At this juncture, we must now pause once more and take a couple of minutes to appreciate Subbarama Dikshitar’s predicament or was it his plight. We can imagine one dark winter evening in the closing years of the 19th century, the great musical visionary of those times, the last of the titans of the great Venkatamakhi tradition sitting in the pyol of his house in remote Ettayapuram hunched over in silence, pondering what to do with this problem. There he was all alone, at the cross roads of history, while preparing the draft of the to-be-published SSP, with two melodic versions of a raga in the same tradition and he couldn’t explain it away himself. And so he  decides to leave things as is, never thinking a minute to fudge facts or obfuscate the corpus is front of him. He simply leaves it at that by deciding not to publish the tanams and the gitams of Gopikavasanta, lest it should confuse the future generations . What remained on the final proof read version of his SSP was just the lakshana sloka and the Dikshitar composition. One problem was solved but then another bigger one loomed menacingly for him. What about the sancari? He couldn’t avoid composing one for a hoary raga, because doing one for every raga in the SSP has always been his plan. If he does compose one for Gopikavasanta, which version of the raga should he compose in ? Should he simply move with times as his great ancestor Muthusvami Dikshitar had done before him and use the melodic body of the modern Gopikavasanta of ‘bAlakrishnam bhAvayAmI’. Or should he do it in the older/archaic Gopikavasanta and and stay loyal to his beloved purvacaryas and Venkatamakin, whose lakshana sloka, lakshya gita and tanas lay in front of him, all composed in the archaic version of Gopikavasanta?

It must have been a very long night for the “sage like looking” Subbarama Dikshitar, which is how Pandit Bhatkande felt when he saw  him in Ettayapuram . And then the karma yogi he was,  when he wakes up the next morning, he decides to cast his lot with his most exalted preceptor Venkatamakhin. He had to keep the flag of his preceptor flying high and that he believed was his dharma! And so he goes on to create his sancari in the older/archaic form of Gopikavasanta. And as if to reinforce his conviction emphatically, he begins that sancari with the phrase NNSS, the very murcchana in the raga that Muthusvami Dikshitar had dispensed with!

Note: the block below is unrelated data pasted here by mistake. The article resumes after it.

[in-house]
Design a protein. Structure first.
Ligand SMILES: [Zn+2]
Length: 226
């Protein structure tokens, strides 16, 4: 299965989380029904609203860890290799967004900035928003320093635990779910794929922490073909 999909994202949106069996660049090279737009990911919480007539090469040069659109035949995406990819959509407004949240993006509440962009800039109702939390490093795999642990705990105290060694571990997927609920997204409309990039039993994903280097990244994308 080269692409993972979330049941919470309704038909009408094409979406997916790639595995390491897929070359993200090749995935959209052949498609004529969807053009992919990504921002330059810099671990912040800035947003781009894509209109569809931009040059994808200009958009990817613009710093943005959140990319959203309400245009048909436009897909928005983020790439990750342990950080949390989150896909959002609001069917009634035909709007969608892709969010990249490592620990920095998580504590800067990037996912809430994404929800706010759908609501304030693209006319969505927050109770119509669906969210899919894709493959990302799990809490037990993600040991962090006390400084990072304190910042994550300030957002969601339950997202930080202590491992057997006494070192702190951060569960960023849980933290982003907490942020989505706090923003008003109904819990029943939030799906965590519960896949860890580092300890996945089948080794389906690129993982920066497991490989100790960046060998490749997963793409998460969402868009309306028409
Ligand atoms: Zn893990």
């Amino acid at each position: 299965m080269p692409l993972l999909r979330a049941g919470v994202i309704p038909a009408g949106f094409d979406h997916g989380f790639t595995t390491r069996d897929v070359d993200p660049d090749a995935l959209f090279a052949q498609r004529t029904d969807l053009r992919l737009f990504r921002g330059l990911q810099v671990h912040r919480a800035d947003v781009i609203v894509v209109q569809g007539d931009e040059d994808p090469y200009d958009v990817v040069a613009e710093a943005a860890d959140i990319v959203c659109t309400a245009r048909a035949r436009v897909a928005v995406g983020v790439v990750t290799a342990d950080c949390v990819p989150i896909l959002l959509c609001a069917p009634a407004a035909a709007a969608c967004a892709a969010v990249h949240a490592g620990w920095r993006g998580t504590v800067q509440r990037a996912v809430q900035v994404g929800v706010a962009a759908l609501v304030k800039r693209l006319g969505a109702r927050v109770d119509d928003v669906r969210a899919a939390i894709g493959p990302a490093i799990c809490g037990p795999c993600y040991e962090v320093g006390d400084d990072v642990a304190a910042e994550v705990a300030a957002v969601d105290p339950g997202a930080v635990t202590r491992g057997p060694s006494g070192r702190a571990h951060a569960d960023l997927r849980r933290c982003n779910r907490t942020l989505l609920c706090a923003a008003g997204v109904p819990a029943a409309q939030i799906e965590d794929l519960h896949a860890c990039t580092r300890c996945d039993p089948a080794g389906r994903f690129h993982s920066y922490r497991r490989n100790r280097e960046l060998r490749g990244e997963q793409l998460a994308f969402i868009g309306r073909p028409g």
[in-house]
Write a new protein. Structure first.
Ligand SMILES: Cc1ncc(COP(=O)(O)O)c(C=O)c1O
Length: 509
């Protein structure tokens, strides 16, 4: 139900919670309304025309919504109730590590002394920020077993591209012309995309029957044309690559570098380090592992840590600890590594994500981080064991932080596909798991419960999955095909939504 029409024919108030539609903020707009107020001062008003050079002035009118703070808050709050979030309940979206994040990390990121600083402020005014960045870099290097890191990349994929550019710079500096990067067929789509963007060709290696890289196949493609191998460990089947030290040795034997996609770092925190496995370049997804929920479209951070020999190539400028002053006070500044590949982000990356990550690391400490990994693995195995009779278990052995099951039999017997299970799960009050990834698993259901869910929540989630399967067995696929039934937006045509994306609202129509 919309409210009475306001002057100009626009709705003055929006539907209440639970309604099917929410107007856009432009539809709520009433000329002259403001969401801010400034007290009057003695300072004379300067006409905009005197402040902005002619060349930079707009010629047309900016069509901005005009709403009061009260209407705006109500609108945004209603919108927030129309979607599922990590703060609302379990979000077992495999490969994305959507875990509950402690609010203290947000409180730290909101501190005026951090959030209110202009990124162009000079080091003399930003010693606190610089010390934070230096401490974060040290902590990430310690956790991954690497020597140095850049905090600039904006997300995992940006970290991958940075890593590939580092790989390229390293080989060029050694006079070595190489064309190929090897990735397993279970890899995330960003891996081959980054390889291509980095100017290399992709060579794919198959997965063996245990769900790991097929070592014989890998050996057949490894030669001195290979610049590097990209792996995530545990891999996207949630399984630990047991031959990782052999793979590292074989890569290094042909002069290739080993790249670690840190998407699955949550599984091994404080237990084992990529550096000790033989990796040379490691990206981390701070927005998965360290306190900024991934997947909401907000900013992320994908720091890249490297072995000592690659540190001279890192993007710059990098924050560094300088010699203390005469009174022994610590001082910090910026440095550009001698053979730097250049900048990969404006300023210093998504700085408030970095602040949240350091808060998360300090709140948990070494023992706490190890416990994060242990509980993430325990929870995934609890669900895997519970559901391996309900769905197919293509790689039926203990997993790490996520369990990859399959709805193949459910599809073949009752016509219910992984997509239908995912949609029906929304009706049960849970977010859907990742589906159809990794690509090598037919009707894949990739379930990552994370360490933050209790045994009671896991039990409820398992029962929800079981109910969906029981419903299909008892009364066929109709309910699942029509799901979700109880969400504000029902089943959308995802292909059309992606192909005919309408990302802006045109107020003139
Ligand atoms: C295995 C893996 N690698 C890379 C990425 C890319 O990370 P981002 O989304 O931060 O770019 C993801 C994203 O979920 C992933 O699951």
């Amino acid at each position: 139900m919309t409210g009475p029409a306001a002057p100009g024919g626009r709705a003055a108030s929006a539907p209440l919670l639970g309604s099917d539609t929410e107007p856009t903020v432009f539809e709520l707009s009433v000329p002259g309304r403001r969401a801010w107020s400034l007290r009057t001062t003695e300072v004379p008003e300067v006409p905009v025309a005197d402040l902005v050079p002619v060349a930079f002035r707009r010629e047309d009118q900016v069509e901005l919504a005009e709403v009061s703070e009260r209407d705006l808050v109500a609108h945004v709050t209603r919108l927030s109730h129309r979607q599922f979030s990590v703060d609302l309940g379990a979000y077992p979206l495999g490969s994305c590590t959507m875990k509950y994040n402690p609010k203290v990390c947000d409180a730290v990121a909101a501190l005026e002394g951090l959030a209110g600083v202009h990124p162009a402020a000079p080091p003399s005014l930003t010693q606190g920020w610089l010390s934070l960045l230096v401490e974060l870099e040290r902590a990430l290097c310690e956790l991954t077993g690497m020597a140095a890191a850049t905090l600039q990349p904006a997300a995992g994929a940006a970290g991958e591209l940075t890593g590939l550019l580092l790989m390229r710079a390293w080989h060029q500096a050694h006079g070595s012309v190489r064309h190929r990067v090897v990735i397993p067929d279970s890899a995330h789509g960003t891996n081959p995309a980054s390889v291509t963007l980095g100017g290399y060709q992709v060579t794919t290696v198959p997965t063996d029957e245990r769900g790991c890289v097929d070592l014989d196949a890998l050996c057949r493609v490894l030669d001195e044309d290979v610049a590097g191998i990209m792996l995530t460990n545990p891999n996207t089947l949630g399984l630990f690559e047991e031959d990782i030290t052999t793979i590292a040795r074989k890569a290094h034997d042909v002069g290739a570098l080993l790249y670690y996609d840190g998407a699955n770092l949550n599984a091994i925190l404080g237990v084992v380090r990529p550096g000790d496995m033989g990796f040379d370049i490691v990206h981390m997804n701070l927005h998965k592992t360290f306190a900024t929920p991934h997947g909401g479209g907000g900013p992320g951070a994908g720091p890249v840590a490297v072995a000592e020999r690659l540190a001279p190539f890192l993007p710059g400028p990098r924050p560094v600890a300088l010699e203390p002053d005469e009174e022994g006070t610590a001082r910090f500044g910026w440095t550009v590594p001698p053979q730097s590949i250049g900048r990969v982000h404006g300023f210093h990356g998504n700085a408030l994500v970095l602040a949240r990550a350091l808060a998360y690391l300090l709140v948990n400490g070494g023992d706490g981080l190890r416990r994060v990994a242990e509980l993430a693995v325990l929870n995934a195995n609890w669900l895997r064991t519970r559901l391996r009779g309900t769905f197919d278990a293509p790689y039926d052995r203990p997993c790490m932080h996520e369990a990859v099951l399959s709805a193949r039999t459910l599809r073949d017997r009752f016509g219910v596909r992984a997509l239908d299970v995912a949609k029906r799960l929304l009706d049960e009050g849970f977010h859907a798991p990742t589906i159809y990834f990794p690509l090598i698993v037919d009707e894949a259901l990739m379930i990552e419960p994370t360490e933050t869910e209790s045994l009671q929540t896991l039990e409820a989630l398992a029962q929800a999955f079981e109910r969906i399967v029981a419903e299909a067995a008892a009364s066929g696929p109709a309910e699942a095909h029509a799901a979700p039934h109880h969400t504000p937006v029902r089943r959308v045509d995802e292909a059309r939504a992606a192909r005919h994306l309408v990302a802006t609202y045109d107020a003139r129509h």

I couldn’t wait for the Government of India to issue a stamp. Instead I did a digital one now to honor his memory on the occasion of his 100th death anniversary !

With that master stroke Subbarama Dikshitar solved the problem for himself by reinforcing what he felt was tradition. But what about those of us now, 120 years or so later, who want to reconcile the versions ? Subbarama Dikshitar took the well-trodden path of following the edict of the purvacaryas to the T. He considered it perhaps a sin to be seen in discordance to the written edict. My personal suspicion/view is, he tagged all the musical material back to Venkatamakhin himself and never for once did he even suspect that somebody down the line – like Muddu Venkatamakhin for example had only created the Anubandha very much later in time. Which is why time and again he laments that the current practice & lakshana is way-off the sampradaya propounded by Venkatamakhin. With the utmost tenaciousness and single minded determination much like Dr.U.Ve. Svaminatha Iyer, he went about with great zeal to procure the original manuscripts which he believed to be Venkatamakhin’s himself and finally getting it from the Pontiff of the Kanci Mutt at Kumbakonam circa 1870. For him perhaps Venkatamakhin was God himself and therefore any deviation from his stated word would be blasphemy. And so he considered it fit to follow his hero and guru Venkatamakhin rather than even his immediate ancestor Muthusvami Dikshitar. Actually and unknowingly the ‘the preceptor’’ he was following was Muddu Venkatamakhin or the author of the Anubandha, whoever it was! Evidence of this mindset can be seen in Subbarama Dikshitar’s treatment of ragas in contradistinction to Muthusvami Dikshitar.

Turning over to Muthusvami Dikshitar himself, one can surmise that he could have chosen to name his version as he visualized in ‘Balakrishnam Bhavayami’ as a new raga, carving it out of the older Gopikavasantha (as documented by Muddu Venkatamakhin in his Anubandha), by dropping additionally Ni in the ascent and pancama in the descent and modifying the octaval scope of the raga, delimiting it in the mandara sthayi. He didn’t do so. It is conceivable that even in Dikshitar’s lifetime circa 1800, the actual theoretical construct of Gopikavasantha had died out or had become extinct, leading DIkshitar to resurrect a ‘version’ of Gopikavasanta.